WASHINGTON - More than a dozen media organizations challenged the government's ban on the use of drones by journalists Tuesday, saying the Federal Aviation Administration's position violates First Amendment protections for news gathering.
The organizations, including The Associated Press, filed a brief with the National Transportation Safety Board in support of aerial photographer Raphael Pirker. Pirker was fined $10,000 by the FAA for flying a small drone near the University of Virginia to make a commercial video in October 2011. He appealed the fine to the safety board, which hears challenges to FAA decisions.
An administrative law judge ruled in March that the FAA can't enforce its policy against all commercial use of drones when the agency hasn't issued regulations for those uses. The FAA has appealed the judge's decision to the full five-member safety board. Agency officials have said they hope to issue regulations for the use of small drones later this year.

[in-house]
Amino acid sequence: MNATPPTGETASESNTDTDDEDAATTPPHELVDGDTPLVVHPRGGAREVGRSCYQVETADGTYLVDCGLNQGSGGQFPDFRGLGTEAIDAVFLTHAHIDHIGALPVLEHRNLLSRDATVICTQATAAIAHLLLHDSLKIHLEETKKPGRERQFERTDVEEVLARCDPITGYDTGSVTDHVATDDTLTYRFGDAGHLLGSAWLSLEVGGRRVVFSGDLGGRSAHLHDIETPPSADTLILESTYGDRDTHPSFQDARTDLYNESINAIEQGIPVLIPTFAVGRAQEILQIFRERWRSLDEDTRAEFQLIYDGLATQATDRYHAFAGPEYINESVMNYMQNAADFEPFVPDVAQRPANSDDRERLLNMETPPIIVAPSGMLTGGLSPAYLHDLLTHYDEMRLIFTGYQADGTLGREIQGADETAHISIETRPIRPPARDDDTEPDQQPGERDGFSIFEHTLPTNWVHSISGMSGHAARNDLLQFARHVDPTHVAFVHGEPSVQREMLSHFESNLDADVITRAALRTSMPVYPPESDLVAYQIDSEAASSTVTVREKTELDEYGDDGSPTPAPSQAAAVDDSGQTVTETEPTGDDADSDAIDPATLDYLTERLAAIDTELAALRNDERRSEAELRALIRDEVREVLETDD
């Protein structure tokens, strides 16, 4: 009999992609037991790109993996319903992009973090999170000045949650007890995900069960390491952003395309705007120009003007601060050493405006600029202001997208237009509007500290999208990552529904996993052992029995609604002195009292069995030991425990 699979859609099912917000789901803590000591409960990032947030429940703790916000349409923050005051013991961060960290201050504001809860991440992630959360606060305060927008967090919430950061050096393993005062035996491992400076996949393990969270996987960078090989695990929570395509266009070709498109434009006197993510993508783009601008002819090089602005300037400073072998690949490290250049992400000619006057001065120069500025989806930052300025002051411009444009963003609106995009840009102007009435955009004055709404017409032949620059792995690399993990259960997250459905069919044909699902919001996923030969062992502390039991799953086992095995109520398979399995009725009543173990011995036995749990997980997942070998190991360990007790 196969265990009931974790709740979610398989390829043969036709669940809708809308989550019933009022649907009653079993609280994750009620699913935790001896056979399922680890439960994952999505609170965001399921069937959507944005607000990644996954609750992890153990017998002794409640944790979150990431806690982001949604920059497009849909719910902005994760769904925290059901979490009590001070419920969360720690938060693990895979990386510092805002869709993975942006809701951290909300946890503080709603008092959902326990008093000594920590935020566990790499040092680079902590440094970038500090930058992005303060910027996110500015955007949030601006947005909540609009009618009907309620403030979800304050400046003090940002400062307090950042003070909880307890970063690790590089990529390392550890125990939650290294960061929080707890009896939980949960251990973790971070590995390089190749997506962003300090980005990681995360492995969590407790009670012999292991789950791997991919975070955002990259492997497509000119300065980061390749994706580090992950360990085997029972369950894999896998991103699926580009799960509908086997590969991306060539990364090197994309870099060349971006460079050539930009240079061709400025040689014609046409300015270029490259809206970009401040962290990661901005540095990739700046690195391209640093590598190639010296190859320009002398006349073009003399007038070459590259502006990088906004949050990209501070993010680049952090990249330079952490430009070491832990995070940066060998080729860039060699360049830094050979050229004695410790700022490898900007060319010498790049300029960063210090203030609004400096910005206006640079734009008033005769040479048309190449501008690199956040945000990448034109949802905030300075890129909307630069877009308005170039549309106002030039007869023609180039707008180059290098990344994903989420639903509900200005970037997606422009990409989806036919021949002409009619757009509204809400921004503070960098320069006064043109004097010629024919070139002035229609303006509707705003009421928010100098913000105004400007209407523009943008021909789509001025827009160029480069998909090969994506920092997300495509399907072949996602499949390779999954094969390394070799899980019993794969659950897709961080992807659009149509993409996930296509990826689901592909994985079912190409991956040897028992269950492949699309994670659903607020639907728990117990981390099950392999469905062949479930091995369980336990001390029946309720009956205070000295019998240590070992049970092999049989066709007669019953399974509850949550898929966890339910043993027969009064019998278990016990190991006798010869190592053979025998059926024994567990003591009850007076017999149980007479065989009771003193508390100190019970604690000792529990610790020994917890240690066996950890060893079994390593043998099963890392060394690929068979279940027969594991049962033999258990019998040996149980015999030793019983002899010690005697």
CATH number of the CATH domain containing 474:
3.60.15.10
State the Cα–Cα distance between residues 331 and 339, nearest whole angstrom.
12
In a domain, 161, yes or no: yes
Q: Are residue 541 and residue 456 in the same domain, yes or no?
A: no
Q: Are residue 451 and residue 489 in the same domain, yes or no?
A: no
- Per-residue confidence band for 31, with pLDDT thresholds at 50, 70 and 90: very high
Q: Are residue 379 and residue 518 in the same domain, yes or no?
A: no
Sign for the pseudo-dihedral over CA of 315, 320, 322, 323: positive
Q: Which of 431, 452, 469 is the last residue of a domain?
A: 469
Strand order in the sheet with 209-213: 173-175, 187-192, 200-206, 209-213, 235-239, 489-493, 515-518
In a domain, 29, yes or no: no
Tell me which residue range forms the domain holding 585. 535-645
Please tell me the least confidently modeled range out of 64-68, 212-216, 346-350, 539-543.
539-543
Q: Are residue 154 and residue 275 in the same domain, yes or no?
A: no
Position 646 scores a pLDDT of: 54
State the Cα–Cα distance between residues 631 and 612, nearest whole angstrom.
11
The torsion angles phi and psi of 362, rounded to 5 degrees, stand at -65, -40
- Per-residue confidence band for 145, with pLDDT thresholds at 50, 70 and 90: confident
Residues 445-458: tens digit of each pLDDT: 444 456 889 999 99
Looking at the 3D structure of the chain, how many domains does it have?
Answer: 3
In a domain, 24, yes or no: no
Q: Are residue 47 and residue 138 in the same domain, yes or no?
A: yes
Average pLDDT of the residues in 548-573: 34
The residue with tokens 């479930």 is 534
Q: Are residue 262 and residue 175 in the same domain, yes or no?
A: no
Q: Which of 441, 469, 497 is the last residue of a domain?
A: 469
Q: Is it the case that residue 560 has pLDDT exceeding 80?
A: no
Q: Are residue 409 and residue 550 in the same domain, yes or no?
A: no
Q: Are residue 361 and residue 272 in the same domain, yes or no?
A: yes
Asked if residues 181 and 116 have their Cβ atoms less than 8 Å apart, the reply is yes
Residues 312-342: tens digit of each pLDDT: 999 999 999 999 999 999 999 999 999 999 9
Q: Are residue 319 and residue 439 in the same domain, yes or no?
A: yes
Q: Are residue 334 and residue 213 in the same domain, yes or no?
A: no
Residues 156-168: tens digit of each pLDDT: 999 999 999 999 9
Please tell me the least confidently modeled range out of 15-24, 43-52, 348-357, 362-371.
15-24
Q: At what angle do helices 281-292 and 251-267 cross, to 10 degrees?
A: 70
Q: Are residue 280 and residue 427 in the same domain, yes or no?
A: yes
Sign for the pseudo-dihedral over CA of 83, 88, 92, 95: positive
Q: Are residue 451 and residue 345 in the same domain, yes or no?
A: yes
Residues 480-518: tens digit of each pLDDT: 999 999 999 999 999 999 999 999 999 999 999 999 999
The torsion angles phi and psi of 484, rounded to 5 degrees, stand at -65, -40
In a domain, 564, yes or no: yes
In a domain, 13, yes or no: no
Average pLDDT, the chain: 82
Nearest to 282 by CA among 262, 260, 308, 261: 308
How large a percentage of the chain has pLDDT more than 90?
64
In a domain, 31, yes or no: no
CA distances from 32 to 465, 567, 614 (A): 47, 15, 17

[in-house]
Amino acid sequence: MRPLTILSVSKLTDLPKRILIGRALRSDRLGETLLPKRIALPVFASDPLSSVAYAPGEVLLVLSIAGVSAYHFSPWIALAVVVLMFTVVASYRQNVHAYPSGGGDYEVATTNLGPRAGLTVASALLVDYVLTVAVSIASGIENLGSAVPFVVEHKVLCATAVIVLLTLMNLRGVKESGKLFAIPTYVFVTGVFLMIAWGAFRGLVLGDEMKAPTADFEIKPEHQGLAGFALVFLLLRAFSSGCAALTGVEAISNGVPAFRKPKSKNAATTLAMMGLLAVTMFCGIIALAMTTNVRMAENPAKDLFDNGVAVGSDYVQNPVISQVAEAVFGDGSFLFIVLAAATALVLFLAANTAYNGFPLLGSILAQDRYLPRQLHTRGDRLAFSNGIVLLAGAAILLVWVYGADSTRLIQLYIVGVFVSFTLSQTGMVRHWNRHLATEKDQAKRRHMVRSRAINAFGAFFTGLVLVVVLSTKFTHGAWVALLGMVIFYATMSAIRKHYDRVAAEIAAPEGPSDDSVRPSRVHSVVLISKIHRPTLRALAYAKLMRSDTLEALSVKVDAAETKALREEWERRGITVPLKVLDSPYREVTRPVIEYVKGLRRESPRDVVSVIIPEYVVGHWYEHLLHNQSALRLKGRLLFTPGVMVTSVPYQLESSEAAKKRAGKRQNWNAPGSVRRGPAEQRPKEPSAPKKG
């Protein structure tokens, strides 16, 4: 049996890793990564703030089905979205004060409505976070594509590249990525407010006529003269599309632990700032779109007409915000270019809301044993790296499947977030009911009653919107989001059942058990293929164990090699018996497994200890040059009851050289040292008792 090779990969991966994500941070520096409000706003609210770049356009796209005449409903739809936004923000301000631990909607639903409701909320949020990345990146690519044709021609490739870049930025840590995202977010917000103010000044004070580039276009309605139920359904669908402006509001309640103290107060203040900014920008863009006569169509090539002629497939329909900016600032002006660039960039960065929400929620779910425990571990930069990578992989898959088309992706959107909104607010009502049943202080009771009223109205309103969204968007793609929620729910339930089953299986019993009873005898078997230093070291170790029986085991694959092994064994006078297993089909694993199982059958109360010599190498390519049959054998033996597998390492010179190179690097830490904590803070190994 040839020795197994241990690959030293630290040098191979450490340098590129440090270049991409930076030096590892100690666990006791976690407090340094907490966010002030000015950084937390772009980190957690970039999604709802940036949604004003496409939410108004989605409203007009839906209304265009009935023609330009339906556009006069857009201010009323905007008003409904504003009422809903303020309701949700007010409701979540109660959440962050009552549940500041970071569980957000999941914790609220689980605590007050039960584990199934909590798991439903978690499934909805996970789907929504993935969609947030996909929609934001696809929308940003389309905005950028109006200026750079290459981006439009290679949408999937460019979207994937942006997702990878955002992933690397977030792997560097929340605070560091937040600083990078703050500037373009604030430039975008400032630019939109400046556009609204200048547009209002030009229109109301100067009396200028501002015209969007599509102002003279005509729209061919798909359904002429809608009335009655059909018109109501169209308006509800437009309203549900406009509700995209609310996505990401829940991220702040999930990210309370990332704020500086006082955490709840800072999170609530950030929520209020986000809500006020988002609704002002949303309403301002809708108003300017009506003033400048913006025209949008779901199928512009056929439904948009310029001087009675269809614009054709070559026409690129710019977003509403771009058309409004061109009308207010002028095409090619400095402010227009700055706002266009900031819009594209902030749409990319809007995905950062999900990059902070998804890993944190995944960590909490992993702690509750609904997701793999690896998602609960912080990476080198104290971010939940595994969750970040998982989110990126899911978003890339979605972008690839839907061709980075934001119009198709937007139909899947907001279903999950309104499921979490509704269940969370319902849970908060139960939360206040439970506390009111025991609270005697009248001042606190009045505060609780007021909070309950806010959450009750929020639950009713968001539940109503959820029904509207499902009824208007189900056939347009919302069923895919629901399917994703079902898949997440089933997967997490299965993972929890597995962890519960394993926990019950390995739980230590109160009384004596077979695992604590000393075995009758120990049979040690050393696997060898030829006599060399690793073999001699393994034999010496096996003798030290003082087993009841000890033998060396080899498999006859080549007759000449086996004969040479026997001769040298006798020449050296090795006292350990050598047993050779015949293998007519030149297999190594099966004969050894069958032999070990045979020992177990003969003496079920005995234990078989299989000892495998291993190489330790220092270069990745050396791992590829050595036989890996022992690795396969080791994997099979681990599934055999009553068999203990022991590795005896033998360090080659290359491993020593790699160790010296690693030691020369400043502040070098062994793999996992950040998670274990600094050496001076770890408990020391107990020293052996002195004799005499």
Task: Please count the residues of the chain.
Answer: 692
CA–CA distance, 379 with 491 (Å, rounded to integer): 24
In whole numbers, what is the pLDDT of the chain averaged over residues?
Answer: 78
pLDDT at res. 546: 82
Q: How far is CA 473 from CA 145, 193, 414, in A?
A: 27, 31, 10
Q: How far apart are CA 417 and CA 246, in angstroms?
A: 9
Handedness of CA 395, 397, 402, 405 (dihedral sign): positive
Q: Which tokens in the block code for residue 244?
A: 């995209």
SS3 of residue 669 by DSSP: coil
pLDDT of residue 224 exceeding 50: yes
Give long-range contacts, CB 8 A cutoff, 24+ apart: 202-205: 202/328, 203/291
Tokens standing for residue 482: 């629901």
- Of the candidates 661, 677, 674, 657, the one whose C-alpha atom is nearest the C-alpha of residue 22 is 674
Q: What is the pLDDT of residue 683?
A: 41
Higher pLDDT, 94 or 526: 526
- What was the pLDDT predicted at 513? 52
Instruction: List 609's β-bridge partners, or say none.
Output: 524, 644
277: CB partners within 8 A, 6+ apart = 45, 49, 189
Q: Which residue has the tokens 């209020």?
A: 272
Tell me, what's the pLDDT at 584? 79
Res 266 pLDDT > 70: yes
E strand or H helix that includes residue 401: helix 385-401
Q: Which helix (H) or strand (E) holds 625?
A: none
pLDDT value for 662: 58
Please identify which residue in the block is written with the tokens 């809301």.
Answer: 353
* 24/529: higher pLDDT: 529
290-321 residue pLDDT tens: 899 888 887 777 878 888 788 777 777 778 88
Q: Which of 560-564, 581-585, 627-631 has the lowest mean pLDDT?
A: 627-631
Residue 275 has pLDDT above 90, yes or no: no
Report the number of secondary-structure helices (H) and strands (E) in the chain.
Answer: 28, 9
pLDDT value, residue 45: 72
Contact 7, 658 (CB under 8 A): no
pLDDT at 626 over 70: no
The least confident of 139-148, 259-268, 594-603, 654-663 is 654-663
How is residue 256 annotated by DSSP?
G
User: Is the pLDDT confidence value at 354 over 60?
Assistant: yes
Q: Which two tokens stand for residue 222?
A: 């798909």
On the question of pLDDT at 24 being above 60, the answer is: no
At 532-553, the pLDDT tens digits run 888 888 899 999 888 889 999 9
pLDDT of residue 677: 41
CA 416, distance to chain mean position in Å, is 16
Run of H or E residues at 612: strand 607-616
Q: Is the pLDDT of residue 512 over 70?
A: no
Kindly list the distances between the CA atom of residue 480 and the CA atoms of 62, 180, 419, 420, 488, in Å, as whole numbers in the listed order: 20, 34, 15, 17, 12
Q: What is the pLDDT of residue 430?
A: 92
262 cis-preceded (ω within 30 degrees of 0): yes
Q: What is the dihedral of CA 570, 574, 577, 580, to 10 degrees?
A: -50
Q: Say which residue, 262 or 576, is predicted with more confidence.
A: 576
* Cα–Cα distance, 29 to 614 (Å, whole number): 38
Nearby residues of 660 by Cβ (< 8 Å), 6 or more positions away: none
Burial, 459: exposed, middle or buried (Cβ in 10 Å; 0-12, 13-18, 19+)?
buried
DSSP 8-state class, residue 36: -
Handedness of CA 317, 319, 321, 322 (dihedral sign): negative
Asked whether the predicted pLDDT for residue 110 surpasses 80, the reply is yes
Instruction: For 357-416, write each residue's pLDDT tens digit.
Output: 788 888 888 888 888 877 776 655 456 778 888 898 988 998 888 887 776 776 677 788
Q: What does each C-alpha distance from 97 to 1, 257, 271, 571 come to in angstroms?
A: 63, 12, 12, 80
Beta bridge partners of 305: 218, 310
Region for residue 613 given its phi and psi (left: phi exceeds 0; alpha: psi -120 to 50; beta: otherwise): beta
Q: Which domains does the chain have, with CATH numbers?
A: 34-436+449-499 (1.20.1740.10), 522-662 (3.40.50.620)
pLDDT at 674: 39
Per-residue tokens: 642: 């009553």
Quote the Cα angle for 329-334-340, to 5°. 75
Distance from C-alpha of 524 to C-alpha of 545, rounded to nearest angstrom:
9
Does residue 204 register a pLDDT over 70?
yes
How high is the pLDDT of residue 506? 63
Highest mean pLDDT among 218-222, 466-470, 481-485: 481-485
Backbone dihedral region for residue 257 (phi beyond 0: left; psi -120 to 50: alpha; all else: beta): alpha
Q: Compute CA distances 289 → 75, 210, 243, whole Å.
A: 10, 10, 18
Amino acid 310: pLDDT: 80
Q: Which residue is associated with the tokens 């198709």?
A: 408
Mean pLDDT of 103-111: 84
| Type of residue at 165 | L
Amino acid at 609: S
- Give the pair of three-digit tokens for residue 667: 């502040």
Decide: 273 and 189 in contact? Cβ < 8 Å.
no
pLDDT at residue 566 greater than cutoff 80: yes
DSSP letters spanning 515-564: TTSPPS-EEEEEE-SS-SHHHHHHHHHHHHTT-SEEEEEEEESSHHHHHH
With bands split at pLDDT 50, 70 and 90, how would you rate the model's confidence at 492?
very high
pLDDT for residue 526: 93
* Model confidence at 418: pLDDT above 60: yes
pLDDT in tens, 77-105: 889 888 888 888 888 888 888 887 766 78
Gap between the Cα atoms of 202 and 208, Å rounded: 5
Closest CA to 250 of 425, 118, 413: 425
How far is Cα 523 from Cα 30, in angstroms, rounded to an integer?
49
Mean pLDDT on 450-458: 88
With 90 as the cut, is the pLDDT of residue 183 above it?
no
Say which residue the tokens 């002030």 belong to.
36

The FAA won't currently issue drone permits to news organizations. Officials have sent warning letters to journalists found to have used small unmanned aircraft - most of them no bigger than a backpack - to take photos and videos. The agency suggested to one Ohio newspaper that it refrain from publishing video of a burning building taken independently by a drone hobbyist, even though hobbyists, unlike journalists, are permitted to fly drones, according to the brief.
"The FAA's position is untenable as it rests on a fundamental misunderstanding about journalism. News gathering is not a 'business purpose.' It is a First Amendment right," the brief said.
Media organizations are intensely interested in using drones for photography and videos because they are far less expensive to buy and operate than a manned airplane or helicopter, and because their size and versatility provide visual perspectives often not possible with manned aircraft.